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U.S. Pay Raises to Remain High in 2024

U.S. employers are planning an overall average salary increase of 4.0% for 2024. That’s according to the latest Salary Budget Planning Survey by WTW, a leading global advisory, broking, and solutions company. Though down from the actual average increase of 4.4% in 2023, the numbers remain well above the 3.1% salary increase budget in 2021 and years prior.  

Inflationary pressures (55%) and concerns over a tight labor market (52%) are the primary influencing factors behind salary increase budgets, both cited by over half of employers surveyed.  

Yet, inflation is slowing down from the highs of recent years, and the labor market is shifting, with voluntary turnover and attrition at 11% overall. While still a common concern, fewer organizations are reporting issues with attraction and retention, down from 60% in 2022 to 48% currently.  

“We are seeing healthy salary increases forecasted for 2024,” says Hatti Johannson, research director of reward, data, and intelligence at WTW. “Though economic uncertainty looms, employers are looking to remain competitive for talent, and pay is a key factor. At the same time, organizations should remember pay levels are difficult to reduce if markets deteriorate. It’s best to avoid basing decisions that will have long-term implications on their organization on temporary economic conditions.  

Still, employers seek to strike a healthy balance within their total rewards packages. Non-monetary actions are a big focus for employers looking to attract and retain. At most organizations, these include more workplace flexibility (63%), broader emphasis on DEI (60%), and improving the employee experience (55%). Additionally, most employers have committed to hiring staff in a higher salary range (55%), undertaking compensation reviews of specific employee groups (54%), and raising starting salary ranges, which could also be seen as a reflection of the increased emphasis on pay transparency.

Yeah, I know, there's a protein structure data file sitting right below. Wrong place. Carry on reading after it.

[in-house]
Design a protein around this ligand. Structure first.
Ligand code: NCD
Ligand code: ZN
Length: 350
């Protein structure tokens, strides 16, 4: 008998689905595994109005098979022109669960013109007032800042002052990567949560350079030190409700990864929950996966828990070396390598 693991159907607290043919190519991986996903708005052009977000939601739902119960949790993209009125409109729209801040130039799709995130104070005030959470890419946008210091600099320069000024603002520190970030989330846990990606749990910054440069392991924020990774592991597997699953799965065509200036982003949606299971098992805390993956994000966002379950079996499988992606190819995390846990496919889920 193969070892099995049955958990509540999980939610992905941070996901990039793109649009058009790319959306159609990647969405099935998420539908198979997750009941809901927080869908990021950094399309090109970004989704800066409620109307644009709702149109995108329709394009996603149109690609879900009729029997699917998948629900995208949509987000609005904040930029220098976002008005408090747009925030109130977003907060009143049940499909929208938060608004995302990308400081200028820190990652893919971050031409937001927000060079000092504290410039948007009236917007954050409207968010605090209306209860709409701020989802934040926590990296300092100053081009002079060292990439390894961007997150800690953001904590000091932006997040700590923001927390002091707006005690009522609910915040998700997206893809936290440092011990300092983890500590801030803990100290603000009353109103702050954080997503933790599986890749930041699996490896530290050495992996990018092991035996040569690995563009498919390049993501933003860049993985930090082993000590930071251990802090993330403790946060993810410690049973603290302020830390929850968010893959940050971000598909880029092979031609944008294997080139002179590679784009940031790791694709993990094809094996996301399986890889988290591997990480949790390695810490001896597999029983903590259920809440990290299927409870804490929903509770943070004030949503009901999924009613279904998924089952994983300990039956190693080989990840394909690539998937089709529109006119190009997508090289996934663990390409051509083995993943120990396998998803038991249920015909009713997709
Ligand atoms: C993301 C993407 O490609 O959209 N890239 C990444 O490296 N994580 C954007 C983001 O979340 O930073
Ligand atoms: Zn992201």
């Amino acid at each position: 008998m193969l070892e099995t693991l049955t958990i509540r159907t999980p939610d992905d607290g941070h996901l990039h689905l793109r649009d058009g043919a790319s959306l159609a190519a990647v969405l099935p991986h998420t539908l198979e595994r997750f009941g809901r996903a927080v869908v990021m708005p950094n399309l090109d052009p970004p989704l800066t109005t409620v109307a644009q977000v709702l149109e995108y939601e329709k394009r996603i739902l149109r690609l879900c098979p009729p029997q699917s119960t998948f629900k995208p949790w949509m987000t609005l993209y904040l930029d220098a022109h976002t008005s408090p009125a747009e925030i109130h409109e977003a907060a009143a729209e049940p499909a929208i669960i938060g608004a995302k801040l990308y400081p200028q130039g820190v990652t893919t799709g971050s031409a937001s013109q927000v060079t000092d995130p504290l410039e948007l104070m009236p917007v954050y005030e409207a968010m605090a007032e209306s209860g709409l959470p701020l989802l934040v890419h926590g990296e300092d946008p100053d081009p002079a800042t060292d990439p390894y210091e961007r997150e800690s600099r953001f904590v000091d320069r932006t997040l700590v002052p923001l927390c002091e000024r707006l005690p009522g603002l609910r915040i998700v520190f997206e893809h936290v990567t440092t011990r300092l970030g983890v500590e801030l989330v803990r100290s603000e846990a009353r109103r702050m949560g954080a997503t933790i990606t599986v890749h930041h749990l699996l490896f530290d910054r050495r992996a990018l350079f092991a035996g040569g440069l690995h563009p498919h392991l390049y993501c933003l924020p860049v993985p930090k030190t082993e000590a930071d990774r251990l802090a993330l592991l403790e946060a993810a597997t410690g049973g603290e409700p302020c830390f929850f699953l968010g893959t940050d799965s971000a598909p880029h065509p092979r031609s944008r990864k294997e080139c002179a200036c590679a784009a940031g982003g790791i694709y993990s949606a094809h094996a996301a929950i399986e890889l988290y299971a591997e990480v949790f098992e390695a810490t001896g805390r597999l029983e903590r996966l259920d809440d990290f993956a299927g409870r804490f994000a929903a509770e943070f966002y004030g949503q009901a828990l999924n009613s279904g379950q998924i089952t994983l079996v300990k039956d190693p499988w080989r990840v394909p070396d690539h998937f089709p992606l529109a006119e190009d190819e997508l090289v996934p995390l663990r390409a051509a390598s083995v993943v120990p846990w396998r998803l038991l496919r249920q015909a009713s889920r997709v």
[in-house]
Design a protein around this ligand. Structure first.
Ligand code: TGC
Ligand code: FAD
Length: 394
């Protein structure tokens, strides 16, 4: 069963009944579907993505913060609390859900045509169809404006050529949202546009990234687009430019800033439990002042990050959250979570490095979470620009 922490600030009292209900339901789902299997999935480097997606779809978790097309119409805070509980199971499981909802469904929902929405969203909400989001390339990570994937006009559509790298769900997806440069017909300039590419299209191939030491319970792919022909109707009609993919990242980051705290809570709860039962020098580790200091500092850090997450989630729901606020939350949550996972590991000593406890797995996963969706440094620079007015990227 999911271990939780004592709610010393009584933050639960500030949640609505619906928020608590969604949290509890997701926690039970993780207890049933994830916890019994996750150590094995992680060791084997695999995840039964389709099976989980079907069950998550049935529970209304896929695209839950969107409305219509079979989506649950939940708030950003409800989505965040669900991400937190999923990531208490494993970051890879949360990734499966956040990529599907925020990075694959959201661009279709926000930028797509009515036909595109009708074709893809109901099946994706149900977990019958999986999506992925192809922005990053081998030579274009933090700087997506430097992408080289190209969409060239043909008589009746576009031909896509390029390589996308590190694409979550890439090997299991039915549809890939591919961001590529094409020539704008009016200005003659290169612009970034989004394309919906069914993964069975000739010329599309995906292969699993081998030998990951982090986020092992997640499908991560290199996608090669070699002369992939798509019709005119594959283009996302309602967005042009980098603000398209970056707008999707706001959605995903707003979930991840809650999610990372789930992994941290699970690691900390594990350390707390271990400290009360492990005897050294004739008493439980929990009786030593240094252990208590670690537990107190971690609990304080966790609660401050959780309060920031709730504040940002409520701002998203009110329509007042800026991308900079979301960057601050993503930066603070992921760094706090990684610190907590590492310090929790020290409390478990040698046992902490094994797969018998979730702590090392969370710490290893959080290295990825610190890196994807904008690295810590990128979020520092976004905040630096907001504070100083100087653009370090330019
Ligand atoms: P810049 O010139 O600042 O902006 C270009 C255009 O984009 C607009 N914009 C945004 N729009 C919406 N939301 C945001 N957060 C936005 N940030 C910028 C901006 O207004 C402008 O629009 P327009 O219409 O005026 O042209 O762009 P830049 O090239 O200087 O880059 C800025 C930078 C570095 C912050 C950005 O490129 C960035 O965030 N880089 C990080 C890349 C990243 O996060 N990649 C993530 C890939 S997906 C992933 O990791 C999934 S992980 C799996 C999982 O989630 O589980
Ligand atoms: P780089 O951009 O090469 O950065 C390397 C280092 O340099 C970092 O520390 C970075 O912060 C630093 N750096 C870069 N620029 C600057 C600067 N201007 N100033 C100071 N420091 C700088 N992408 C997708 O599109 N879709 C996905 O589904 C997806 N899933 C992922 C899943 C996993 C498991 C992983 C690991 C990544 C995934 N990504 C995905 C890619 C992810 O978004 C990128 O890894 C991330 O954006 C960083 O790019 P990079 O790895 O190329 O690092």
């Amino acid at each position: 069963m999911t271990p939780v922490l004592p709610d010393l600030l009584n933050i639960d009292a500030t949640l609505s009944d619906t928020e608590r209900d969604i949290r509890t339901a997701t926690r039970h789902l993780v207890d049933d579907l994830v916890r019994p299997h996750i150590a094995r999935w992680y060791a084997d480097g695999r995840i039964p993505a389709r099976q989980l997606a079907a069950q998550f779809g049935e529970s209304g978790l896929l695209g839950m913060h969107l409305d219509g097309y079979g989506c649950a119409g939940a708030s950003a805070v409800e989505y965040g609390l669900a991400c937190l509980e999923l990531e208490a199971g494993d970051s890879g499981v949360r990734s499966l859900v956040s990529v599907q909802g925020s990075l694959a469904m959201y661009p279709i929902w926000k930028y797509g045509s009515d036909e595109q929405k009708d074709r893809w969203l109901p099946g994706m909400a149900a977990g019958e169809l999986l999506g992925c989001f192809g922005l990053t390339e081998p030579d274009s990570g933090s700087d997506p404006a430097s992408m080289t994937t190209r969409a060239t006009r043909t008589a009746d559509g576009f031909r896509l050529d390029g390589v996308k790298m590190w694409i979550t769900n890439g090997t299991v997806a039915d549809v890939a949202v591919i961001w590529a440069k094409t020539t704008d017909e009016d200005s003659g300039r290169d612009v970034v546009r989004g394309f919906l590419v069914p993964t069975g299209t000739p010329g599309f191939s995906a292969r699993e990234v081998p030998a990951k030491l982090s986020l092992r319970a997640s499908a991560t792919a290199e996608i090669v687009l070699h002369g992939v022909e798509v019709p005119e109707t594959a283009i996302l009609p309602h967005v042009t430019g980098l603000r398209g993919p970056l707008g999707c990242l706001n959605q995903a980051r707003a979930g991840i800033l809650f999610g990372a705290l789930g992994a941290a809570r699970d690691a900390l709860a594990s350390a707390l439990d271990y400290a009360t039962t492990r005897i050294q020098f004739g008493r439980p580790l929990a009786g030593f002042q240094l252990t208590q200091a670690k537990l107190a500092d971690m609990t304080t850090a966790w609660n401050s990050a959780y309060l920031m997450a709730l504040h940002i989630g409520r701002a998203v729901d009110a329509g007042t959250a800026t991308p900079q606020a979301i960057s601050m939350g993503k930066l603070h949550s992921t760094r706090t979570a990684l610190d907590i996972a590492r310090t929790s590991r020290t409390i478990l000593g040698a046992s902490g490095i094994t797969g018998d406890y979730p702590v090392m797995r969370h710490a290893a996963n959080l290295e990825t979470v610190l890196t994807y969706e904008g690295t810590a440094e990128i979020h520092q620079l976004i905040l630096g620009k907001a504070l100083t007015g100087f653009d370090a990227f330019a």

Organizations also report moving toward greater work flexibility, as over half (55%) of employers offer a choice of remote, on-site, or hybrid working, while 31% offer a flexible work schedule. As this trend grows, some companies are changing rewards in line with remote working: 13% of employers have acted or are planning to change allowances, 10% of employers have or are planning to change benefits, and 11% have or are planning to adjust base pay.  

“With ongoing uncertainty, especially around pay transparency, we see organizations do better where there is a foundational level of understanding among all employees – on the compensation philosophy, the program design, and how decisions about pay are made. Compensation is a sensitive topic and often managers feel uneasy when it comes to talking about pay. Our research shows the most common barrier to organizations communicating more openly about pay is fear of employee reactions. We recommend training for managers on their role, how the compensation program works, and how to communicate it effectively,” says Sara Vallas, senior director of employee experience at WTW. “Improving the pay conversation goes a long way in improving the overall employee experience and further stabilizing the workforce.”  

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